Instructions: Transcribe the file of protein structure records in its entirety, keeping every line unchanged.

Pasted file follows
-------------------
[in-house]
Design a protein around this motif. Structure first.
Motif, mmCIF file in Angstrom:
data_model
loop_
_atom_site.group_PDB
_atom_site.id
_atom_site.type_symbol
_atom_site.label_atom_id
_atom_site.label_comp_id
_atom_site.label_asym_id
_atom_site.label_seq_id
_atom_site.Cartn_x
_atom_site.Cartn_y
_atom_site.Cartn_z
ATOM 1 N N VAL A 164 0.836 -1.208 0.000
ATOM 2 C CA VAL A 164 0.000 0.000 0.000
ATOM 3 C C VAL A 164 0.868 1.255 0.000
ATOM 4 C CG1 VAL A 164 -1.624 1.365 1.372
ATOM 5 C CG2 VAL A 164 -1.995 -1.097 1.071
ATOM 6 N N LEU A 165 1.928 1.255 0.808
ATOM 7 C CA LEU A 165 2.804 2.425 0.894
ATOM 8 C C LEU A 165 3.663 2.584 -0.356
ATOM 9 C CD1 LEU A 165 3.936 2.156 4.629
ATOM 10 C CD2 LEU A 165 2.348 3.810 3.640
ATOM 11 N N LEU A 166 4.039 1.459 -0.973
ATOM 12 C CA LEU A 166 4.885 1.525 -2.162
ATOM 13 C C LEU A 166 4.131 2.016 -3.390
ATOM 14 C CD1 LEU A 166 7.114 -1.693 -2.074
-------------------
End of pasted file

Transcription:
[in-house]
Design a protein around this motif. Structure first.
Motif, mmCIF file in Angstrom:
data_model
loop_
_atom_site.group_PDB
_atom_site.id
_atom_site.type_symbol
_atom_site.label_atom_id
_atom_site.label_comp_id
_atom_site.label_asym_id
_atom_site.label_seq_id
_atom_site.Cartn_x
_atom_site.Cartn_y
_atom_site.Cartn_z
ATOM 1 N N VAL A 164 0.836 -1.208 0.000
ATOM 2 C CA VAL A 164 0.000 0.000 0.000
ATOM 3 C C VAL A 164 0.868 1.255 0.000
ATOM 4 C CG1 VAL A 164 -1.624 1.365 1.372
ATOM 5 C CG2 VAL A 164 -1.995 -1.097 1.071
ATOM 6 N N LEU A 165 1.928 1.255 0.808
ATOM 7 C CA LEU A 165 2.804 2.425 0.894
ATOM 8 C C LEU A 165 3.663 2.584 -0.356
ATOM 9 C CD1 LEU A 165 3.936 2.156 4.629
ATOM 10 C CD2 LEU A 165 2.348 3.810 3.640
ATOM 11 N N LEU A 166 4.039 1.459 -0.973
ATOM 12 C CA LEU A 166 4.885 1.525 -2.162
ATOM 13 C C LEU A 166 4.131 2.016 -3.390
ATOM 14 C CD1 LEU A 166 7.114 -1.693 -2.074